Are you looking to develop a diversity and inclusion (D&I) strategy at your company or enhance existing efforts? While it is widely recognized that D&I groups can strengthen relationships and bridge differences, research also reveals that diverse companies outperform their comparable counterparts. At Sendero, we created a D&I committee to increase cultural awareness, employee engagement, and innovation. Let’s explore why having a D&I committee matters and a few examples of how your company can do the same.
Three ways D&I strengthens companies:
1) More Innovation, Better Solutions
Diverse skills, competencies, experiences and perspectives inspire greater innovation and lead to more creative problem solving and solutions. Having professionals from marginalized or underrepresented groups in leadership roles and at various levels provides the diversity of thought needed to drive innovation, productivity, and positive change within a company.
2) Broader Candidate Pool, Stronger Culture
Hiring diverse candidates deepens the talent pool, giving companies access to highly talented individuals that other more homogeneous organizations may not have. And although hiring similar candidates might help maintain a company’s existing culture, it doesn’t necessarily strengthen it. Diverse companies develop diverse cultures that are better positioned to evolve as business changes.
3) Larger Reach
Diverse companies are uniquely positioned to tap into an expanded customer base. George Dickson, a marketing manager for a project management software company, says, “A major element of effectively addressing a market is building a relationship with the people within it. As the shape of the market changes, it takes a broader view to see its various movements, and a diverse workforce can help give an organization the perspective it needs to participate.”
D&I Best Practices
According to a 2016 Fortune article entitled “How the Best Companies Do Diversity Right,” here are some steps businesses should take when looking to create a D&I committee or prioritize cultural competence:
• Create affinity groups or resource groups that host regular events to increase cultural awareness
• Implement ongoing training that fosters cultural sensitivity and uncovers implicit bias
• Use vendors that are committed to diversity and inclusion
• Seek to improve diversity in recruiting and in the talent pipeline through innovative partnerships and scholarships
Creating a D&I Committee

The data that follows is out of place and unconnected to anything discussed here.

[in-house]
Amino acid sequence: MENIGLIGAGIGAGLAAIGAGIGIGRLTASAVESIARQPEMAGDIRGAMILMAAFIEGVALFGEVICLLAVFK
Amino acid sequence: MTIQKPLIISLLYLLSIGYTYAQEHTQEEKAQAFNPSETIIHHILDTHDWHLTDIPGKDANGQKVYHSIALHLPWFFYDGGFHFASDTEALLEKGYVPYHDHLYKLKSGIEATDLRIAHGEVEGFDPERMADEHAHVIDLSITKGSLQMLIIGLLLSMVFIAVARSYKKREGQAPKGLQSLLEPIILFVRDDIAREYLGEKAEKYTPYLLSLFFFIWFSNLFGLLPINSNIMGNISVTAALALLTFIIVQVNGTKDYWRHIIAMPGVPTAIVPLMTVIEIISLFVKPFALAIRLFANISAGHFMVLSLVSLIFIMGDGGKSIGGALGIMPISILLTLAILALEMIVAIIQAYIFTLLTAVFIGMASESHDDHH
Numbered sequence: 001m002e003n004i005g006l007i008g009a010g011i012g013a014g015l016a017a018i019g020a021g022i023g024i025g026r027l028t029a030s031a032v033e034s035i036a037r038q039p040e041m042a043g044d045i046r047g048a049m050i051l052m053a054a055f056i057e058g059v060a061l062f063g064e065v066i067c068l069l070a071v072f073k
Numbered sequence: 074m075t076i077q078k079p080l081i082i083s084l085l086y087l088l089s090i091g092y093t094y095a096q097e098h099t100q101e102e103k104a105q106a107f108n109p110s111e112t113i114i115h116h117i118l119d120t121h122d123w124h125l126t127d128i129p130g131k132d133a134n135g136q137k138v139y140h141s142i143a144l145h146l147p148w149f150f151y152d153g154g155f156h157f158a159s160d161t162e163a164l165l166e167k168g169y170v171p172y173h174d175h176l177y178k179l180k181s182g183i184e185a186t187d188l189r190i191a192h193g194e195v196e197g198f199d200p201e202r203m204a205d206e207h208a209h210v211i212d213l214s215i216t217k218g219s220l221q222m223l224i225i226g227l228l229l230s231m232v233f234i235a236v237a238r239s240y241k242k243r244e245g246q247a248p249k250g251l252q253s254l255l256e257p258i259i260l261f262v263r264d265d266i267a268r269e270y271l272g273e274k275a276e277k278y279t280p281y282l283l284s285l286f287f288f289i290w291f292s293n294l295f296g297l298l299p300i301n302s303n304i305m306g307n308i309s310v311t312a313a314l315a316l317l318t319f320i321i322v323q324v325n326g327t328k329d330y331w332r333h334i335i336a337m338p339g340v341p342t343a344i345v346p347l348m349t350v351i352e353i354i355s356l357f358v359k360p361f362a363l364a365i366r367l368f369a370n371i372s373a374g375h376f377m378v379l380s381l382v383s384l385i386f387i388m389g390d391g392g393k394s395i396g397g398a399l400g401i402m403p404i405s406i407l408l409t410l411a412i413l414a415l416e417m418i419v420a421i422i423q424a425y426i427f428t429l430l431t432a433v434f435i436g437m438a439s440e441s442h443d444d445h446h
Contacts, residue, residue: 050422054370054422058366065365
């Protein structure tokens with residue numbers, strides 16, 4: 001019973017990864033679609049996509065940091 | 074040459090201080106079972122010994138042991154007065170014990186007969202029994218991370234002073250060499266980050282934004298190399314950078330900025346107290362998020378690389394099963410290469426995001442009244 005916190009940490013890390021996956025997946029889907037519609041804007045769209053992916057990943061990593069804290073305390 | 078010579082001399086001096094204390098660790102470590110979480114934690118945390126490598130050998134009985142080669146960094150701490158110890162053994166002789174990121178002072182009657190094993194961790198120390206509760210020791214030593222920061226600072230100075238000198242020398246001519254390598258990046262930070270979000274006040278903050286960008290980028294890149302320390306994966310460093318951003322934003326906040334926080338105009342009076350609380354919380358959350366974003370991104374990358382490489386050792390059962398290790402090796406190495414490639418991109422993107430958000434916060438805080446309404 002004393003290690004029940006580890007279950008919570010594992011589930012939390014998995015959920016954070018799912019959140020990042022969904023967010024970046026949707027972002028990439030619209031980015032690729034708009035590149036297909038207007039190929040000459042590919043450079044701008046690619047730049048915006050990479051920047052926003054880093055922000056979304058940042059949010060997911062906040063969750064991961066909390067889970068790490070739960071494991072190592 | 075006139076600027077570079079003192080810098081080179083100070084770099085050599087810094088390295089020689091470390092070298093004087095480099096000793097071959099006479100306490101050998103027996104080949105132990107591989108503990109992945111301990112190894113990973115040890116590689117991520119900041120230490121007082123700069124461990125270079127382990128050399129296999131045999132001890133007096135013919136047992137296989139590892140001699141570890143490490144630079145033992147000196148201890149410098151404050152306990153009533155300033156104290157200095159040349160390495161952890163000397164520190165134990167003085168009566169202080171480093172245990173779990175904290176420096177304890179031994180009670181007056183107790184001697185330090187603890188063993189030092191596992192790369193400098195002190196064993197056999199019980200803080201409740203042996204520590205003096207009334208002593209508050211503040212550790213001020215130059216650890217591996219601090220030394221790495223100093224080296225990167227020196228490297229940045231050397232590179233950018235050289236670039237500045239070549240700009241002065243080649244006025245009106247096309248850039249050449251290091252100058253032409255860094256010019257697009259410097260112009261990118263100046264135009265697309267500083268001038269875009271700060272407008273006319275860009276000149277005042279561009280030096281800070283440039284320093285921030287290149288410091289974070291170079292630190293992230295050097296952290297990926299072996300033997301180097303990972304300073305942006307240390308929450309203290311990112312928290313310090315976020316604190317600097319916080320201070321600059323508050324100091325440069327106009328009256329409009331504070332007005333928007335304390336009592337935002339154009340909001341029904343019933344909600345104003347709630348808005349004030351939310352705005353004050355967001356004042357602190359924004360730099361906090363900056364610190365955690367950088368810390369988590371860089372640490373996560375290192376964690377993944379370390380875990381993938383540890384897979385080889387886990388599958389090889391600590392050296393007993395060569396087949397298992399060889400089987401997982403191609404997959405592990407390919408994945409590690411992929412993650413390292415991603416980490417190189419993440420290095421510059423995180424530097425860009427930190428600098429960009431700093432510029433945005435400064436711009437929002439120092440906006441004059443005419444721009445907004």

It is important to note that creating a D&I committee takes time and effort as you must establish a firm foundation to be truly effective. From conception to creation, Sendero’s D&I Committee took 18 months and below is a look at why.
To start, you should convene a focus group comprised of professionals from various levels of your organization (ensuring that you are also following the necessary workplace protocols). This group will be a critical resource as you begin conversations on varying aspects of D&I to identify gaps, gather insights and articulate actionable steps that will lead to the cultivation of a more inclusive company culture.
After you’ve compiled the feedback from these conversations and assessed any trends or patterns that emerge, you’ll want to craft your company’s D&I statement – this statement guides an organization’s commitment to D&I. As an added measure, engage D&I experts to help your team brainstorm ideas and further develop your business’ D&I strategy.
Once you’ve finalized your plan, it’s time to launch your own D&I committee! Consider creating sub-committees that will drive the specific goals and objectives outlined in your company’s D&I plan. For example, Sendero’s D&I Committee consists of three sub-committees:
1) Education and Awareness
2) Celebration and Recognition
The Future of Workplace D&I
To thrive in a global marketplace, companies will need to take a deeper dive into workplace inclusion; they should consider corporate social responsibility and ability status, among other factors that lie beyond the surface level. Newer generations will want more than just a paycheck—they want to work for companies that address positive social change, creating inclusive spaces for all. In his Forbes post, author Nish Parikh says “young Americans want to lead by example, and to that end, they are not even hesitant to make personal sacrifices such as accepting pay cuts to work for socially responsible organizations.” As labor force demographics continue to shift, engaging professionals in intentional workplace D&I initiatives will be essential – creating a D&I committee of your own will give your company the competitive edge required to not only increase financial performance, but more importantly to remain relevant for years to come.